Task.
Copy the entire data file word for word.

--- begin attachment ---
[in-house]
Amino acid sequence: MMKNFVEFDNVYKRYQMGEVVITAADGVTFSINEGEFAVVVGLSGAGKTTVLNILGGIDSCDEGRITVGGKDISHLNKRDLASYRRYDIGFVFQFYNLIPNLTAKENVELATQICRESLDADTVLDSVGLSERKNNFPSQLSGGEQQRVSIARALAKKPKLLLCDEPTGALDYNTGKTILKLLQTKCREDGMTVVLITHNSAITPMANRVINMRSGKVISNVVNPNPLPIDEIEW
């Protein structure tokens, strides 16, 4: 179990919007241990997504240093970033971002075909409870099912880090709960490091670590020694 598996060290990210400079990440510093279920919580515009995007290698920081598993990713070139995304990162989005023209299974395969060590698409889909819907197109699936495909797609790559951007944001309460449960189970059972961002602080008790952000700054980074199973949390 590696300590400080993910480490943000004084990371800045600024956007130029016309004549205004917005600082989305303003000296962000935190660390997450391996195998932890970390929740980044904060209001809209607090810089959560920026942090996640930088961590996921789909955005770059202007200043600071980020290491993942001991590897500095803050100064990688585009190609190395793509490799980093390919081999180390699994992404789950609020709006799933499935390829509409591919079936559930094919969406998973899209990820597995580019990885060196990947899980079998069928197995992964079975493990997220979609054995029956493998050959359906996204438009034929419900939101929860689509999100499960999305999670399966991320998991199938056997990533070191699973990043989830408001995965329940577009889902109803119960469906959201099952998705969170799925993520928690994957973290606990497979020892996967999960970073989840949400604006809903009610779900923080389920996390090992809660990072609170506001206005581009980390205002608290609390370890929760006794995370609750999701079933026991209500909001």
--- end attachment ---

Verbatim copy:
[in-house]
Amino acid sequence: MMKNFVEFDNVYKRYQMGEVVITAADGVTFSINEGEFAVVVGLSGAGKTTVLNILGGIDSCDEGRITVGGKDISHLNKRDLASYRRYDIGFVFQFYNLIPNLTAKENVELATQICRESLDADTVLDSVGLSERKNNFPSQLSGGEQQRVSIARALAKKPKLLLCDEPTGALDYNTGKTILKLLQTKCREDGMTVVLITHNSAITPMANRVINMRSGKVISNVVNPNPLPIDEIEW
């Protein structure tokens, strides 16, 4: 179990919007241990997504240093970033971002075909409870099912880090709960490091670590020694 598996060290990210400079990440510093279920919580515009995007290698920081598993990713070139995304990162989005023209299974395969060590698409889909819907197109699936495909797609790559951007944001309460449960189970059972961002602080008790952000700054980074199973949390 590696300590400080993910480490943000004084990371800045600024956007130029016309004549205004917005600082989305303003000296962000935190660390997450391996195998932890970390929740980044904060209001809209607090810089959560920026942090996640930088961590996921789909955005770059202007200043600071980020290491993942001991590897500095803050100064990688585009190609190395793509490799980093390919081999180390699994992404789950609020709006799933499935390829509409591919079936559930094919969406998973899209990820597995580019990885060196990947899980079998069928197995992964079975493990997220979609054995029956493998050959359906996204438009034929419900939101929860689509999100499960999305999670399966991320998991199938056997990533070191699973990043989830408001995965329940577009889902109803119960469906959201099952998705969170799925993520928690994957973290606990497979020892996967999960970073989840949400604006809903009610779900923080389920996390090992809660990072609170506001206005581009980390205002608290609390370890929760006794995370609750999701079933026991209500909001």